Security at the main entrance to the Y-12 National Security Complex appeared about average Sunday night for an annual August protest, but it wasn’t clear what internal measures had been taken one week after an unprecedented intrusion into a high-security area.
About 50 protesters attended a Sunday night vigil at the plant organized by the Oak Ridge Environmental Peace Alliance. During the annual protest, activists recall the bombing of Hiroshima, Japan, on Aug. 6, 1945, and oppose Y-12’s nuclear weapons work, calling for disarmament instead.
The OREPA protests often feature civil disobedience, with protesters briefly blocking the Scarboro Road entrance to Y-12, but OREPA Coordinator Ralph Hutchison said he was unaware of any plans to block the road this year.
After last night’s vigil, a few protesters planned to stay overnight near the plant’s main entrance for what they were calling Occupy Y-12, opposing plans to build a uranium processing facility that they say could cost $7.5 billion.
But Steven Wyatt,Â National Nuclear Security Administration spokesman at Y-12, said camping was not allowed, and the protesters left at about 10 p.m.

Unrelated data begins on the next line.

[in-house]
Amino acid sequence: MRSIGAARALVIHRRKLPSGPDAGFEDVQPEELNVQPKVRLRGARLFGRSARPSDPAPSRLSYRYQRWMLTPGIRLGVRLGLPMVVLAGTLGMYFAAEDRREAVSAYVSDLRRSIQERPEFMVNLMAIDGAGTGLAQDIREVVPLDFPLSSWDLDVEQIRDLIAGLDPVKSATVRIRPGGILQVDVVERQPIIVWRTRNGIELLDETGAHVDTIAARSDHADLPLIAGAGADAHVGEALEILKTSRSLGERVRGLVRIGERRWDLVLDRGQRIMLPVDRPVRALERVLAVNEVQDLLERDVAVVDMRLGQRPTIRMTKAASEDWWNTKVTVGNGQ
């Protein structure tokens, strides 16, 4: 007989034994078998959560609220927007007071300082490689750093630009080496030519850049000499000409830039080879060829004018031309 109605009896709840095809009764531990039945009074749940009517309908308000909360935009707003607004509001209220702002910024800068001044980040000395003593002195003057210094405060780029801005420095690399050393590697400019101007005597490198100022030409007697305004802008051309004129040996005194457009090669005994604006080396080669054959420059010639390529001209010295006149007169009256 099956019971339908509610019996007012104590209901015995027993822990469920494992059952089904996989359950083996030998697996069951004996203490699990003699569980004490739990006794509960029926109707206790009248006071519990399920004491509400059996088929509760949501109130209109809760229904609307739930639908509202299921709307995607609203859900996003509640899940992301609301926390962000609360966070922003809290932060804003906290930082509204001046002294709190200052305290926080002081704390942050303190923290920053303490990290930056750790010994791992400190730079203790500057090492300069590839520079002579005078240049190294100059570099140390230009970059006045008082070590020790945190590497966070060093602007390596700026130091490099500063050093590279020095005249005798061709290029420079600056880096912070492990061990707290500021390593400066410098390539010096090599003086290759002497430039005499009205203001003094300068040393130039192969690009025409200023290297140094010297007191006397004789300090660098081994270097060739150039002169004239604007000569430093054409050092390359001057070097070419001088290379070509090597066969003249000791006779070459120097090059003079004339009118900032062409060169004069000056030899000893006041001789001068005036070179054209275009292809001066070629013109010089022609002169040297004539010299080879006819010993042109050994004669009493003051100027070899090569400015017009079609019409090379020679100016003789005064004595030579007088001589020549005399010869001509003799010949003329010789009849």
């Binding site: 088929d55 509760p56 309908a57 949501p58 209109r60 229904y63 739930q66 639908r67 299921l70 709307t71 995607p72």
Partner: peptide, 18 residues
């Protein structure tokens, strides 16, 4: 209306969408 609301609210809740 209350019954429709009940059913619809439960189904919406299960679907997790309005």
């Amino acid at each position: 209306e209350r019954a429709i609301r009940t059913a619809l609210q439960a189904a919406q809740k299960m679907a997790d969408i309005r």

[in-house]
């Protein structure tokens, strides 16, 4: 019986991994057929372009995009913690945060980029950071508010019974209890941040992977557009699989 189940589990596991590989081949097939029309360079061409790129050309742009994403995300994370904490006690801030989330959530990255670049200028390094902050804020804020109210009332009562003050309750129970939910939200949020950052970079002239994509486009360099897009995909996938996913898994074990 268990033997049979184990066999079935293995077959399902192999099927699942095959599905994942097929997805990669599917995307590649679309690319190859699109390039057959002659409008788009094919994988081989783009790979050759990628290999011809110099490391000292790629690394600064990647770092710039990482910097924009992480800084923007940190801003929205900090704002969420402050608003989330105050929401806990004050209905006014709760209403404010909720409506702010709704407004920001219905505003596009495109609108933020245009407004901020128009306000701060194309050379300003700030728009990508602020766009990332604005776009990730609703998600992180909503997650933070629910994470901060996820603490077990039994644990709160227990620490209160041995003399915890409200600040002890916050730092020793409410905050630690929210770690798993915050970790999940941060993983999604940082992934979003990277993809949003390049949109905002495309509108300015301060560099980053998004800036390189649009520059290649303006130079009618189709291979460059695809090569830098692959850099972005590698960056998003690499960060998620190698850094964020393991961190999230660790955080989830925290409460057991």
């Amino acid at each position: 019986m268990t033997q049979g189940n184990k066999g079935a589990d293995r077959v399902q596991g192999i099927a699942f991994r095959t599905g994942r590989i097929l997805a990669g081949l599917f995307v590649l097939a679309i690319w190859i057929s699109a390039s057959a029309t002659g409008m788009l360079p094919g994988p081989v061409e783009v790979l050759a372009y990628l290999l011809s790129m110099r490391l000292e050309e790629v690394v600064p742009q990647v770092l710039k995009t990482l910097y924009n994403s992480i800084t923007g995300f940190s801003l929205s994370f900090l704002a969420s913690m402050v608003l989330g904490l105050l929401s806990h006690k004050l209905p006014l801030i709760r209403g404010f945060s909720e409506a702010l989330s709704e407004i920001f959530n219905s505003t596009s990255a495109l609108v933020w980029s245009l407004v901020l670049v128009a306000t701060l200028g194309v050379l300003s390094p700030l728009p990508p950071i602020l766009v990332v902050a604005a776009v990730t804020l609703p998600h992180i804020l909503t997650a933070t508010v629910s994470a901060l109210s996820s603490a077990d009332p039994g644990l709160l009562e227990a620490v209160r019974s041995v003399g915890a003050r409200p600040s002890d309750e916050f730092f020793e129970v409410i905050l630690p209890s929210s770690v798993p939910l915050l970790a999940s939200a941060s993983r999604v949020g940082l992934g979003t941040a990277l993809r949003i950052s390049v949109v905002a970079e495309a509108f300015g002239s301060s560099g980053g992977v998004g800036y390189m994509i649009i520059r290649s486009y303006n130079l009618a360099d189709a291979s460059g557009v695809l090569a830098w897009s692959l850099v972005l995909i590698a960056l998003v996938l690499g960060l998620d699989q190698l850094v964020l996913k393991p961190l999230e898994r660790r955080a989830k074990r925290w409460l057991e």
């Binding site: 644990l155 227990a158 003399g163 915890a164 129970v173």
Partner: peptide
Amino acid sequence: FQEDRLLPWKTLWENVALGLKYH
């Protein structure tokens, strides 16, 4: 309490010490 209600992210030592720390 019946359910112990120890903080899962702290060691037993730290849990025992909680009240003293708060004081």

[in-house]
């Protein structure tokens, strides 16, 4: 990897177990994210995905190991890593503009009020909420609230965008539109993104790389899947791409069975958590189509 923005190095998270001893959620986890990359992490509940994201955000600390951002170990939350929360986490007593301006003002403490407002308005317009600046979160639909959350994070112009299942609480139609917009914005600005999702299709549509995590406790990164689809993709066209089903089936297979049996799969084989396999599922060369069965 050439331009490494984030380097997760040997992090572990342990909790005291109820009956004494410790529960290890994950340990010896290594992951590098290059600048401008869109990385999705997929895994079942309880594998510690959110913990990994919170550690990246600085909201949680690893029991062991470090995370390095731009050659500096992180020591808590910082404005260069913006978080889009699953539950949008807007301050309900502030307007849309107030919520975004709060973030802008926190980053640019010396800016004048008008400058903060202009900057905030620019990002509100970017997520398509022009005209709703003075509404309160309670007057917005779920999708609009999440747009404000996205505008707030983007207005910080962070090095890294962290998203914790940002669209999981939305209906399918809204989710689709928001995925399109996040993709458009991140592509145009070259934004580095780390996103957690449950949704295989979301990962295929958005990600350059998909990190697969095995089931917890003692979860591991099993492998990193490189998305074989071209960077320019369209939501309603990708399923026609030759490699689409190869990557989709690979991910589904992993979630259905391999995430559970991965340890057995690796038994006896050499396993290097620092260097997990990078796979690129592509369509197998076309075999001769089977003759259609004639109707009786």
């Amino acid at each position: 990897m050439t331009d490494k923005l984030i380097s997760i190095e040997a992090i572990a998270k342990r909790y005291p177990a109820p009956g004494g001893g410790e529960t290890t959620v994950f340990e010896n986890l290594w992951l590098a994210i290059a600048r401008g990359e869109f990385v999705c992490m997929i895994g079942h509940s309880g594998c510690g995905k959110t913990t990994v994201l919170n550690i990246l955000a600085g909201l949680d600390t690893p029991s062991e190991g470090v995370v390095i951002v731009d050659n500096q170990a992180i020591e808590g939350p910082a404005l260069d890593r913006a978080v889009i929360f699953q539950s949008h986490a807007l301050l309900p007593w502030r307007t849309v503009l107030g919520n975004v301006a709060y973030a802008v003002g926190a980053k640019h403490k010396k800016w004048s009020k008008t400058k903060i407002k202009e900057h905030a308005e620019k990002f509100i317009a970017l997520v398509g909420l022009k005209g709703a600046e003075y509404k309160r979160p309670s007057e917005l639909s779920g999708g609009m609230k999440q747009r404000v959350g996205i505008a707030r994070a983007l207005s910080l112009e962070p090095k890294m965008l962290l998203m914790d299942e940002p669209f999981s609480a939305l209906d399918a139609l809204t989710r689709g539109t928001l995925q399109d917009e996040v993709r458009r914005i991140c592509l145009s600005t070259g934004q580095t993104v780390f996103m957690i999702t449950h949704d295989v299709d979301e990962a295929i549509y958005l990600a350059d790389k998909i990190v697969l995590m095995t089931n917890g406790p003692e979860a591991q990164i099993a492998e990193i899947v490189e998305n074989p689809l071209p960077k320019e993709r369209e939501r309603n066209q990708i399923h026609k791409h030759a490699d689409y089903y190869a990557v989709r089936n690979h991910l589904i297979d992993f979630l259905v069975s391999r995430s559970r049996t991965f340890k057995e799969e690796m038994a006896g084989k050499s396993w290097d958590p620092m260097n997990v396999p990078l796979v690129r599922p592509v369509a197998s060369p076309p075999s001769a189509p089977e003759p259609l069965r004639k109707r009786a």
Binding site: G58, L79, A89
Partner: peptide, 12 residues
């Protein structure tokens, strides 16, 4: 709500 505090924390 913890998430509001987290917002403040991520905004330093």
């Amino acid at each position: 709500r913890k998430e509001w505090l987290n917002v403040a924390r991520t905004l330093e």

Wyatt said he could not give not details on the security used for this year’s OREPA protest. He called it “appropriate for the anticipated event.
“I can’t provide any specifics on our tactical planning,” Wyatt said.
OREPA members and supporters planned to have a remembrance ceremony this morning, remembering those who died in the bombing of Hiroshima. Y-12 enriched uranium for that bomb, code-named “Little Boy.”
“We’re saying never again,” Hutchison said.
During the remembrance ceremony, organizers also toll a bell, tie peace cranes to a fence surrounding the Y-12 plant, and read eyewitness accounts of the bomb’s destruction. They have a moment of silence followed by Buddhist drumming and chanting.
Other OREPA events planned this week including a peace lantern building party in Knoxville on Wednesday and a peace lantern ceremony at 8 p.m. Thursday on the west end of Sequoyah Hills Park in Knoxville. It includes aÂ remembrance of the victims of bombing of Nagasaki, Japan, on Aug. 9, 1945.